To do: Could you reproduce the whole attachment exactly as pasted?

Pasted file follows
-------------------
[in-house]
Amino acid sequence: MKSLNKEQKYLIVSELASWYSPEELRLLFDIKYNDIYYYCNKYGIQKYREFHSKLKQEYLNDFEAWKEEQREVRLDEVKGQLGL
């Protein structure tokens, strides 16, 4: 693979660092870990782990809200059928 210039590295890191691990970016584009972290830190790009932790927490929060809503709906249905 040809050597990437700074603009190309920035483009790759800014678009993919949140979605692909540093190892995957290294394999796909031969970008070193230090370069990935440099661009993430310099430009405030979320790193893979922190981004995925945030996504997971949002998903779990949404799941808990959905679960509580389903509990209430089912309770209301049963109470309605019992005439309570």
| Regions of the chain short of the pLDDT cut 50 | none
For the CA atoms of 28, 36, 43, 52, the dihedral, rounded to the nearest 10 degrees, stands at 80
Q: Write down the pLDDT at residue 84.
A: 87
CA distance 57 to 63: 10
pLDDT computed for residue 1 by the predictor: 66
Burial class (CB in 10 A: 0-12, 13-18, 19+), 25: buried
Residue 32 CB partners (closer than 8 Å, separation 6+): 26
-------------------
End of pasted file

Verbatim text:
[in-house]
Amino acid sequence: MKSLNKEQKYLIVSELASWYSPEELRLLFDIKYNDIYYYCNKYGIQKYREFHSKLKQEYLNDFEAWKEEQREVRLDEVKGQLGL
């Protein structure tokens, strides 16, 4: 693979660092870990782990809200059928 210039590295890191691990970016584009972290830190790009932790927490929060809503709906249905 040809050597990437700074603009190309920035483009790759800014678009993919949140979605692909540093190892995957290294394999796909031969970008070193230090370069990935440099661009993430310099430009405030979320790193893979922190981004995925945030996504997971949002998903779990949404799941808990959905679960509580389903509990209430089912309770209301049963109470309605019992005439309570």
| Regions of the chain short of the pLDDT cut 50 | none
For the CA atoms of 28, 36, 43, 52, the dihedral, rounded to the nearest 10 degrees, stands at 80
Q: Write down the pLDDT at residue 84.
A: 87
CA distance 57 to 63: 10
pLDDT computed for residue 1 by the predictor: 66
Burial class (CB in 10 A: 0-12, 13-18, 19+), 25: buried
Residue 32 CB partners (closer than 8 Å, separation 6+): 26